I have personal experience in nearly 3000 criminal cases, ranging from minor traffic offenses to homicide. Over the past 10+ years of practice I have worked with hundreds of police officers and prosecutors and have appeared in court thousands of times. We know the system and all of the tricks the police use to gain an advantage. Few attorneys possess my firm’s background and extensive experience in this area of the law.
EXCLUSIVE PRACTICE - My practice is limited to Criminal, DUI and Traffic defense cases. I am not a general practitioner who handles many different types of law. Criminal law has been my only practice area since I became a lawyer over 10 years ago.
CUSTOMER SERVICE - I treat clients the way I would want to be treated if I was experiencing legal problems – with honesty, kindness and respect. I do not tell clients what they want to hear just to get a case. I do not scare clients into retaining me. What I do is tell clients the truth, right over the phone. I call clients back, even at night or on weekends. Additionally, my staff is well-informed and very helpful if I am not in the office when you call.
FREE IN-DEPTH CONSULTATIONS - I gladly talk to new clients over the phone. I will answer every question that you have over the phone, or even in person if you prefer, for free. I will gladly explain all of your options, give you my honest opinion about what could happen to you and I even quote a fee right over the phone. I believe that an informed client is the best client.
Liberty Law has 3 office locations throughout Utah Valley. Call for nearest office location. 801-709-6309.
- Criminal Law
- DUI & DWI
- Juvenile Law
- Free Consultation
- Credit Cards Accepted
- Rates, Retainers and Additional Information
10% discount for veterans and college students
- Utah State Bar
- Spanish: Spoken, Written
- Criminal Defense Attorney
- Morely and Associates
- Public Defender
- Wasatch County District Court
- California Western School of Law
- J.D. (2007)
- Brigham Young University
- B.S. (2002) | Psychology
- Utah Association for Criminal Defense Lawyers
- Q. I am facing 3 Charges for contributing to a minor for alcohol but I am not of legal age to purchase it and I know the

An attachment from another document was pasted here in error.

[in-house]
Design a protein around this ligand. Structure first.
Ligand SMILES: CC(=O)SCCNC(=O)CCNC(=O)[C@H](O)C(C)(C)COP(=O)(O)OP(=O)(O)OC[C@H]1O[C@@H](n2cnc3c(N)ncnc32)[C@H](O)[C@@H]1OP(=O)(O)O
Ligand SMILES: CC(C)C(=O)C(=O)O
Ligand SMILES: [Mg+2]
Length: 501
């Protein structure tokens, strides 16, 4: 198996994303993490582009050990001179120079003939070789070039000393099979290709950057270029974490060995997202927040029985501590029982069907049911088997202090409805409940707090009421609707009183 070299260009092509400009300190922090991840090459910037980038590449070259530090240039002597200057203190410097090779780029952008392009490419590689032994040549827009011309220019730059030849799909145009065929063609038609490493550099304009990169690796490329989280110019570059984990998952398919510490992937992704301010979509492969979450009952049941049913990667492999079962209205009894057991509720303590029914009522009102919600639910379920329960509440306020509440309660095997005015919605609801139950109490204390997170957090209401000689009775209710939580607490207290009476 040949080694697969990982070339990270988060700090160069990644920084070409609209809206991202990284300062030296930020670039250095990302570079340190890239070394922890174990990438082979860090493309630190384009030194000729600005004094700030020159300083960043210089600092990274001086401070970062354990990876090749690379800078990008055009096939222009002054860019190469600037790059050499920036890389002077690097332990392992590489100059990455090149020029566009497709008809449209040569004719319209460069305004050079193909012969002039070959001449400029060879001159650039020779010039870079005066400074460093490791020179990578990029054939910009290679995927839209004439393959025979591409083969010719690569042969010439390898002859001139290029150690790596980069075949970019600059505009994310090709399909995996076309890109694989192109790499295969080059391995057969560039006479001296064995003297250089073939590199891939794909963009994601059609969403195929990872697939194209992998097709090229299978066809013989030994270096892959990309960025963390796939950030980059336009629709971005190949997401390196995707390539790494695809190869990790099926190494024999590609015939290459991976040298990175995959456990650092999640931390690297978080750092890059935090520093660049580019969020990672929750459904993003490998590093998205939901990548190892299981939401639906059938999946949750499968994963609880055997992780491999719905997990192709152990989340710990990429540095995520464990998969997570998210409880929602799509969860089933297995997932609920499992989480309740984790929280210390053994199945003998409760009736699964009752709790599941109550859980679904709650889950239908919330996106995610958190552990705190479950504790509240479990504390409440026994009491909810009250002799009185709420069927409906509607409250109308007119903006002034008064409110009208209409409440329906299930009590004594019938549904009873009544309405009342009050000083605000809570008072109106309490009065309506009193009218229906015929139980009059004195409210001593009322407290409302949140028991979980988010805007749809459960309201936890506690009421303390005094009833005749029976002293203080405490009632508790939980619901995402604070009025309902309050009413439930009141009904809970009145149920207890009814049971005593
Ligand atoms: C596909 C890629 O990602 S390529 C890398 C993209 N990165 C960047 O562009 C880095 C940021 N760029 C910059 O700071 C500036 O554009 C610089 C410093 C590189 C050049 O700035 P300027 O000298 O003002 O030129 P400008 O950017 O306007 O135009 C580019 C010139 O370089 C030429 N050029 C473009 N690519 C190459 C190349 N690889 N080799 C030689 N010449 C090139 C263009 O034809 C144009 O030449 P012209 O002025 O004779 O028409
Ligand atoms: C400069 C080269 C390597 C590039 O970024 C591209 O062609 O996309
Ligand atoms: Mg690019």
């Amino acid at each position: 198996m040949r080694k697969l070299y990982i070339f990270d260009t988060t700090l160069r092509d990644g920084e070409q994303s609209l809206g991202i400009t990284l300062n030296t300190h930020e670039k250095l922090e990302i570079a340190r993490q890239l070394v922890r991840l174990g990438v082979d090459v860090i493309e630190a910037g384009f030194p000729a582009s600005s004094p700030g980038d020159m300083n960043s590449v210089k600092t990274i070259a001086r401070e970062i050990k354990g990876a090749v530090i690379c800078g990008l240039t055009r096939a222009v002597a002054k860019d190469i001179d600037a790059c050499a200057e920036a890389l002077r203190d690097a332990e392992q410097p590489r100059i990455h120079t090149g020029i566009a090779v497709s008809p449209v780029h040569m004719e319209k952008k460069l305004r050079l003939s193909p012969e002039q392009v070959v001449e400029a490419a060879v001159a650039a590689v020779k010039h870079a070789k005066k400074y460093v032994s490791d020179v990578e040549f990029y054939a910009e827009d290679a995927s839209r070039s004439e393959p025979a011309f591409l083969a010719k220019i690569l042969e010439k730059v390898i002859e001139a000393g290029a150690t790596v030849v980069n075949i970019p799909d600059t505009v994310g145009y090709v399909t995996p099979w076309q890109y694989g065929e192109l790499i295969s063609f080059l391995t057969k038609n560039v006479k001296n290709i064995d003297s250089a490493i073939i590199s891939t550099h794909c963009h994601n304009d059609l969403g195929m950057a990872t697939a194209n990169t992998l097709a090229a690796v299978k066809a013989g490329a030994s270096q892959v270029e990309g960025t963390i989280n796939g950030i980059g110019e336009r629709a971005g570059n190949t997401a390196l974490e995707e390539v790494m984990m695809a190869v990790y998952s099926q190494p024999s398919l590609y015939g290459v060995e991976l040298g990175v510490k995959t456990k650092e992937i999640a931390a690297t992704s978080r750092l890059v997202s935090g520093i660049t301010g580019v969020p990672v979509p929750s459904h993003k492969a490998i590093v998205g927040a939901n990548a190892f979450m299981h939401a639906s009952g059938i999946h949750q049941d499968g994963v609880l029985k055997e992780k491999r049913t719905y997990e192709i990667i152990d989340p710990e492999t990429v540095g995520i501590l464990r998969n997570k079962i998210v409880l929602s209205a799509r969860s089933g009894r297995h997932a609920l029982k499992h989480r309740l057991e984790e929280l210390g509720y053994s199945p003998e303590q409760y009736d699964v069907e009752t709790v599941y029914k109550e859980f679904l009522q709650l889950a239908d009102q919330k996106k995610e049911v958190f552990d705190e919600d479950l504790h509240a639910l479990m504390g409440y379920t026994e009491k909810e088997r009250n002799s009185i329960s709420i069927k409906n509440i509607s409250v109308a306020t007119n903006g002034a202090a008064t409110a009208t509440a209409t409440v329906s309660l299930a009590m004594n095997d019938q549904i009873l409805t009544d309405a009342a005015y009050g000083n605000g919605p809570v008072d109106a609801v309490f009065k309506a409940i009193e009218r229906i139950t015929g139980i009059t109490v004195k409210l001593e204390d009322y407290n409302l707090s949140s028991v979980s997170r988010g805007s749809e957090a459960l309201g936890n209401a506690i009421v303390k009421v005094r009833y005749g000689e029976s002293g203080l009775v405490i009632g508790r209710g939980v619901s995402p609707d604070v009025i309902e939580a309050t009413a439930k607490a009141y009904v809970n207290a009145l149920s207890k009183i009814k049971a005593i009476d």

- A: According to the law, an "adult" for purposes of "Contributing to a minor" is someone who is 18. So, unfortunately, even though you are not of legal age to drink, you are of legal age to contribute to a minor. However, an attorney most likely would still be able to help you with this charge by either dismissing charges or getting them reduced to something much lower.
- Q. I'm on probation and renting a room in my aunts house, can they search the whole house or only my property and room?
- A: Normally, law enforcement only has the right to search the area you're renting. If your rental agreement allows you to be in other parts of the house, then you're not just renting a room, but all the common areas, too. The other parts of the house may also be subject to search if you don't have a separate entrance/exit door into your room. The contract you have with probation might even require that the building you have a rented room in be open to searches. However, a search of your aunt's personal bedroom is probably illegal, unless you frequently go in there and law enforcement has probable cause to believe that you do so.
- Q. citation after an accident the day before i moved to Canada. I found out that I need to appear in court. options?
- A: You can quickly resolve it by paying the fine (which may include restitution). However, if you would rather contest it, an attorney can go to court for you and resolve it without you having to come back. An attorney would be able to get the police report and figure out different options of how to resolve your matter, which may include dismissing certain charges, amending the charges, reducing the fine, or even taking it to trial. If you enter the U.S. without having resolved it, it may have an effect on reentry. Because it's just a traffic matter, they may let you enter to take care of it. There is a possibility that it may bar you from reentry. If there is a warrant, that could mean other trouble like detention. It's best to take care of it before coming back.
- Q. Can a 17 year old get in trouble with the law in any way for beating up a 21 year old.
- A: Short answer, yes. This most likely would be assault. Depending on how severely the other person was beaten (or if a weapon was used), it could be an aggravated assault. But because this is NC law, it may be slightly different what the actual charge is, but the basics should be the same.